It’s one of the UK’s most pressing economic conundrums: the lacklustre productivity performance that has left Britain languishing behind European rivals such as France, Germany and the Netherlands.
This week, a senior executive at the publisher of The Guardian newspaper will be handed the task of solving that productivity puzzle.
Sky News has learnt that Tony Danker, the Guardian Media Group’s strategy chief, will be named as the first chief executive of the Productivity Leadership Group (PLG), a new business-led organisation backed by companies such as BAE Systems, GlaxoSmithKline and the John Lewis Partnership.
The appointment of Mr Danker, a former McKinsey consultant and one-time Treasury special adviser, is expected to be announced as early as Wednesday, according to insiders.
Mr Danker’s task will be sizeable, but the ultimate prize is enormous: estimates suggest that raising the productivity of underperforming businesses could generate an additional £130bn of economic value every year.
The PLG’s launch was heralded by Philip Hammond, the Chancellor, in December’s Autumn Statement, in which he promised to deliver a “high-wage, high-skill economy that will deliver higher living standards”.
Mr Hammond’s blueprint includes a £23bn Productivity Investment Fund focused on infrastructure and innovation.
The Government has also agreed to provide more than £10m in seed funding to get the PLG off the ground, with a formal launch understood to be scheduled for next month.
The UK’s stubbornly low productivity – which stands as much as 35 percentage points behind Germany and 30 points behind the US, according to official data – has long-mystified economists, but has acquired greater urgency amid the looming challenges posed by the UK’s exit from the European Union.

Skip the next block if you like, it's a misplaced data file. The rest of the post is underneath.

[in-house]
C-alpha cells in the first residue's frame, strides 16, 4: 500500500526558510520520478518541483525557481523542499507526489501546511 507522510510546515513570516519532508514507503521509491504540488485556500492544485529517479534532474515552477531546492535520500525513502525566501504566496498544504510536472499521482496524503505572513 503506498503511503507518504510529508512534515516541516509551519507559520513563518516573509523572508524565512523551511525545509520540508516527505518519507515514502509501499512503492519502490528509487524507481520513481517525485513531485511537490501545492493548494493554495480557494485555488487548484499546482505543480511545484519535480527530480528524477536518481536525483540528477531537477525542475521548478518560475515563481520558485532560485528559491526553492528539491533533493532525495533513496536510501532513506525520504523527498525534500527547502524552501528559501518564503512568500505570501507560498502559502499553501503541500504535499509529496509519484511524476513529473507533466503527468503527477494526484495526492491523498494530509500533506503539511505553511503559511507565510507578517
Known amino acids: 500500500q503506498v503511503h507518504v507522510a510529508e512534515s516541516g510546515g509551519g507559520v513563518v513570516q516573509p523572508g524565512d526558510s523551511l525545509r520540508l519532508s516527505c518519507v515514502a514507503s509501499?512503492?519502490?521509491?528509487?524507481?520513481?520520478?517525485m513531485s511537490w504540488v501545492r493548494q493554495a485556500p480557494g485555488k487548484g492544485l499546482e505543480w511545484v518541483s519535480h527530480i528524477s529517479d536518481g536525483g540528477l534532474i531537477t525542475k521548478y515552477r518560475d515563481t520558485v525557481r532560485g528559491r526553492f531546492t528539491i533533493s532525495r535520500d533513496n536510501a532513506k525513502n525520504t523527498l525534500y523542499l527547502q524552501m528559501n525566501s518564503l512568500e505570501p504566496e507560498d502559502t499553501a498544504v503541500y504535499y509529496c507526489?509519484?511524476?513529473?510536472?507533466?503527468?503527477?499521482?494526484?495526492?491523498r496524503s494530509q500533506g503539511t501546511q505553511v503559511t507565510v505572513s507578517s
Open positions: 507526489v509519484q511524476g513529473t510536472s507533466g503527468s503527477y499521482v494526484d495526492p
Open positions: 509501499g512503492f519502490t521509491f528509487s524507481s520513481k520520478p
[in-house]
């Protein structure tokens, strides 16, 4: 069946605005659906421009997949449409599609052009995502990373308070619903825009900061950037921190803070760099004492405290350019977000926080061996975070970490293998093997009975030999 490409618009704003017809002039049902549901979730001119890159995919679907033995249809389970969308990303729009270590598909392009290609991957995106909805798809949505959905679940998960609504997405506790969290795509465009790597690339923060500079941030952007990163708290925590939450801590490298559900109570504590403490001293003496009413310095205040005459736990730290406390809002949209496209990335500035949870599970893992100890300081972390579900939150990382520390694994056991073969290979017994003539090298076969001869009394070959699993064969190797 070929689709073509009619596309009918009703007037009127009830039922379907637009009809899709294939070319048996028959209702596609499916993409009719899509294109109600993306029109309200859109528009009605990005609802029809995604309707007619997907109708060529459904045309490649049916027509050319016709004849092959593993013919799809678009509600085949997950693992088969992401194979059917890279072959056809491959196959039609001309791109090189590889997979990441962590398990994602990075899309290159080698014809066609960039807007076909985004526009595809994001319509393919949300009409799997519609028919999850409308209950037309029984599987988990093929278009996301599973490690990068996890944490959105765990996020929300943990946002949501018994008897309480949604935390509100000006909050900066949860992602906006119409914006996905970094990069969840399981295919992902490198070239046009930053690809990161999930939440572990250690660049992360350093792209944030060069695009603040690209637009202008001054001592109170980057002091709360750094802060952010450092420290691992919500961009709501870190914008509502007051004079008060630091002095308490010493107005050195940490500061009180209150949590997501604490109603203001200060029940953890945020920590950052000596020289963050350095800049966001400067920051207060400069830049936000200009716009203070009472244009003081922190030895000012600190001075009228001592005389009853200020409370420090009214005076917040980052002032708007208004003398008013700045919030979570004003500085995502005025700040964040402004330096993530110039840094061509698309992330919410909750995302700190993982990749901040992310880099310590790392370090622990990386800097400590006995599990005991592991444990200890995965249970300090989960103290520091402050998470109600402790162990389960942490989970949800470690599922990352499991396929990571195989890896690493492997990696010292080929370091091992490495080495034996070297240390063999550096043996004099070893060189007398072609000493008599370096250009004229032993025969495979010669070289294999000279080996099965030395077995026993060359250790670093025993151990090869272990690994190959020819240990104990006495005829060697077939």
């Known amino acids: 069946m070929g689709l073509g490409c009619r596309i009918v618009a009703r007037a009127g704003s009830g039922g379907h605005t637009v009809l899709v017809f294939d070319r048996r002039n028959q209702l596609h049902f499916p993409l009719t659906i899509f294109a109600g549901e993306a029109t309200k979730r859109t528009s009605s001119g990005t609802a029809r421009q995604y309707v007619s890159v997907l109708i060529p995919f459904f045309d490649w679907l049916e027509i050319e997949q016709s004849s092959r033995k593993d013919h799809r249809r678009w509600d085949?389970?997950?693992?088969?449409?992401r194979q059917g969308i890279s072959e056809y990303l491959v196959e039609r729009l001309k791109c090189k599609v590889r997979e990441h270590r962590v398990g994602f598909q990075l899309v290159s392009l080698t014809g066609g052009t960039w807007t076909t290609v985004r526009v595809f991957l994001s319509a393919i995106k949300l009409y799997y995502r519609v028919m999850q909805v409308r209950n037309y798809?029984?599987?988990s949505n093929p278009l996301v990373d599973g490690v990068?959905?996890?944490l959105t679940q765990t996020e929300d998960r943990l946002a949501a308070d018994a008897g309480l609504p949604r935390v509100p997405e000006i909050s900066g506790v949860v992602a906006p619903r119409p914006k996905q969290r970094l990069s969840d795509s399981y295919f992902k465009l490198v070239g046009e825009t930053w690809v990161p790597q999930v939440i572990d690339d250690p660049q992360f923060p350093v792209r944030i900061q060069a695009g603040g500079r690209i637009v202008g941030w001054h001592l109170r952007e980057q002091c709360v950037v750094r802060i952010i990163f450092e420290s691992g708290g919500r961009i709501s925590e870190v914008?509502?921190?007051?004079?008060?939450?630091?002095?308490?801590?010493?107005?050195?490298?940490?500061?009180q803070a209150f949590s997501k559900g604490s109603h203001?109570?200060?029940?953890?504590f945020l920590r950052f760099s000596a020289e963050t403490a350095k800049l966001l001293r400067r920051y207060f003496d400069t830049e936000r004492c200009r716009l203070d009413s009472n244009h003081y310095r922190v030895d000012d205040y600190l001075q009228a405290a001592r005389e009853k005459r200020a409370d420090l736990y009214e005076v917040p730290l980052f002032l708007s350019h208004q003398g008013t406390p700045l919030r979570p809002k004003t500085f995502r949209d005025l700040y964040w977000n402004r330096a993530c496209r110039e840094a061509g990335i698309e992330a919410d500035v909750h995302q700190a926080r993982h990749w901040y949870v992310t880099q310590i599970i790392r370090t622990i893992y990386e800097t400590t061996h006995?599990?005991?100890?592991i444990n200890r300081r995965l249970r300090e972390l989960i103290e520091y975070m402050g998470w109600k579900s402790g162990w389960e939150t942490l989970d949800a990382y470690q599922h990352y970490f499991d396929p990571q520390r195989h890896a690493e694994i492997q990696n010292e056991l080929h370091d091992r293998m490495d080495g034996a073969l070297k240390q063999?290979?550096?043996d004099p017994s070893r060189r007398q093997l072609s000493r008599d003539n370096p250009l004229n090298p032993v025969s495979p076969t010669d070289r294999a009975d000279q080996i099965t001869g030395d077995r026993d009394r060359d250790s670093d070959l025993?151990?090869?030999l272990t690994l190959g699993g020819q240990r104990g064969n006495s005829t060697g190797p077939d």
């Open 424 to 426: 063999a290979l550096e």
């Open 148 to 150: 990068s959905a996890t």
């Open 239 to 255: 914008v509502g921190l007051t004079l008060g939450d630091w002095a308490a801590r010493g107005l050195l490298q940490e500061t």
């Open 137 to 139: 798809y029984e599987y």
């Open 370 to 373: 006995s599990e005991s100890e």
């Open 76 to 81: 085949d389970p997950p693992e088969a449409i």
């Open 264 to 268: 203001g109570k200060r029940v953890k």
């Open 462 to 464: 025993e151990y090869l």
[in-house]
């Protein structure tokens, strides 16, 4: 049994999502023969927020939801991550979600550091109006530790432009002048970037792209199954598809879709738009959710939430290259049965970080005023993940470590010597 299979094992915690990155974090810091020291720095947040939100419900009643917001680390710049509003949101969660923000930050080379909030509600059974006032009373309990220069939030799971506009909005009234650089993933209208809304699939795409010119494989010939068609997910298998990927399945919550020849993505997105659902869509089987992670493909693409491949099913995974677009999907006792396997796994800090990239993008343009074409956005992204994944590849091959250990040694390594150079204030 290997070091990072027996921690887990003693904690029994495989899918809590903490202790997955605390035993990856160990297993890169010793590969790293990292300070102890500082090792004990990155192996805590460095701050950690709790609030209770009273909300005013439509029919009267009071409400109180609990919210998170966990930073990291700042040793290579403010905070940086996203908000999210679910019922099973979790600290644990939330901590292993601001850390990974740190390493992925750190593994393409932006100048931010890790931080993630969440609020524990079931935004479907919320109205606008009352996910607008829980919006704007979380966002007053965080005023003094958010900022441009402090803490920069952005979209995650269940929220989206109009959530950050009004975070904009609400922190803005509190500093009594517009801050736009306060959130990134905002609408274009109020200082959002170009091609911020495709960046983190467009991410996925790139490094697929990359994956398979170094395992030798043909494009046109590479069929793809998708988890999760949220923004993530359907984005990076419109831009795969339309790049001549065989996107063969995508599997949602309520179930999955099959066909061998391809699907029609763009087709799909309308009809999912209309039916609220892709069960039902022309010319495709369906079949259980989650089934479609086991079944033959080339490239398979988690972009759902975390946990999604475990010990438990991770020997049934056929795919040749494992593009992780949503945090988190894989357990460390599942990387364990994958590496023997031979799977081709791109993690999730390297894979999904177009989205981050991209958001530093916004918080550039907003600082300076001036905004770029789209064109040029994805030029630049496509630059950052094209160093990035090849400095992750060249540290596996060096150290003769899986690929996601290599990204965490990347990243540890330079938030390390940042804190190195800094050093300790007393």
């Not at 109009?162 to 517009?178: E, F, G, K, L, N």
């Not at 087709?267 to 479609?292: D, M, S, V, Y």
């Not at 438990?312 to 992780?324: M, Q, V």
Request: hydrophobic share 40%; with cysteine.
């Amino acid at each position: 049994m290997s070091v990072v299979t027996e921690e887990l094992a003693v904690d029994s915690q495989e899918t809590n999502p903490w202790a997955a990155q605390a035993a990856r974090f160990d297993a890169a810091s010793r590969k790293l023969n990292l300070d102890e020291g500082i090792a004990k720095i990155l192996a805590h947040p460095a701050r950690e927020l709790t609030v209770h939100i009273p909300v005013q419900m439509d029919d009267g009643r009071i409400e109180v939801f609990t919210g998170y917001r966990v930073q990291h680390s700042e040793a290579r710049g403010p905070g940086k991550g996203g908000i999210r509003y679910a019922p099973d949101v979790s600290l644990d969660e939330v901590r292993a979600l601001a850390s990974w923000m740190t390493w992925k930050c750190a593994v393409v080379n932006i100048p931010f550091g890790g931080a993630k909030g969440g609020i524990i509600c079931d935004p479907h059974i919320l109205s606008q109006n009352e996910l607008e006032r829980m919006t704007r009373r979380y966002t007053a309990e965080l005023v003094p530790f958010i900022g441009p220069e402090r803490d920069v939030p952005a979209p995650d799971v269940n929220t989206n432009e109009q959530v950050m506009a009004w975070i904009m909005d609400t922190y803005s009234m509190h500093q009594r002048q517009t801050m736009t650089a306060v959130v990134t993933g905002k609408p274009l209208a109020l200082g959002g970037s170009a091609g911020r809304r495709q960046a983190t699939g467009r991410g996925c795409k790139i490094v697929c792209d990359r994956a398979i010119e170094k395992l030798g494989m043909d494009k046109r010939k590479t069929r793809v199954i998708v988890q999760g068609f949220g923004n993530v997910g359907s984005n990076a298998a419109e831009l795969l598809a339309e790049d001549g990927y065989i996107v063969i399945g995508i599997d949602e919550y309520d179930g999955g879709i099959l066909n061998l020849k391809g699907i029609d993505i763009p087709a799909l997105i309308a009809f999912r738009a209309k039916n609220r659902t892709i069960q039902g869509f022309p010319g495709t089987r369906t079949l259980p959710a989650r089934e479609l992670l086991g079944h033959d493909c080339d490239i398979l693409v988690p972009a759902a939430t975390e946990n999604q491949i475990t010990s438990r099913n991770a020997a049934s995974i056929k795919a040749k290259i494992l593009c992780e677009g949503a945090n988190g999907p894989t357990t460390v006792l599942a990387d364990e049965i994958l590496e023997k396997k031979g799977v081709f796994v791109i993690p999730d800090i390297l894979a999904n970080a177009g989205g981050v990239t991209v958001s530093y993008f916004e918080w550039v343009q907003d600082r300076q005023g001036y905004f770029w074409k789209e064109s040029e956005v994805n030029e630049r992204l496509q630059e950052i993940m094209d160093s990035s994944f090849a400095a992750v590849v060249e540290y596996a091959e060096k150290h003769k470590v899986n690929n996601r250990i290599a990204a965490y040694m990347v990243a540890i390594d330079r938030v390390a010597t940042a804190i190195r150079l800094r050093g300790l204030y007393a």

Business leaders involved in the formation of the PLG have talked of a desire to create a ‘productivity movement’ which places the issue on the agenda of every UK-based company.
Among the private sector bosses backing the initiative are Sir Charlie Mayfield, the John Lewis Partnership chairman and chair of the PLG; Sir Mike Rake, chairman of BT Group and Worldpay; Carolyn Fairbairn, director-general of the CBI; and Doug Gurr, a senior Amazon executive.
Sources said the PLG had already attracted widespread support from businesses, which will be asked to fund its ongoing work after the Government’s initial grant has expired.
Speaking at a business conference organised by The Times on Tuesday, Sir Charlie said: “It (Britain’s productivity problem) has lasted since the financial crisis and it looks pretty persistent.
“They key to understanding it is that there is no one thing (causing it).
“If Brexit is the big political challenge, productivity is the big business challenge.”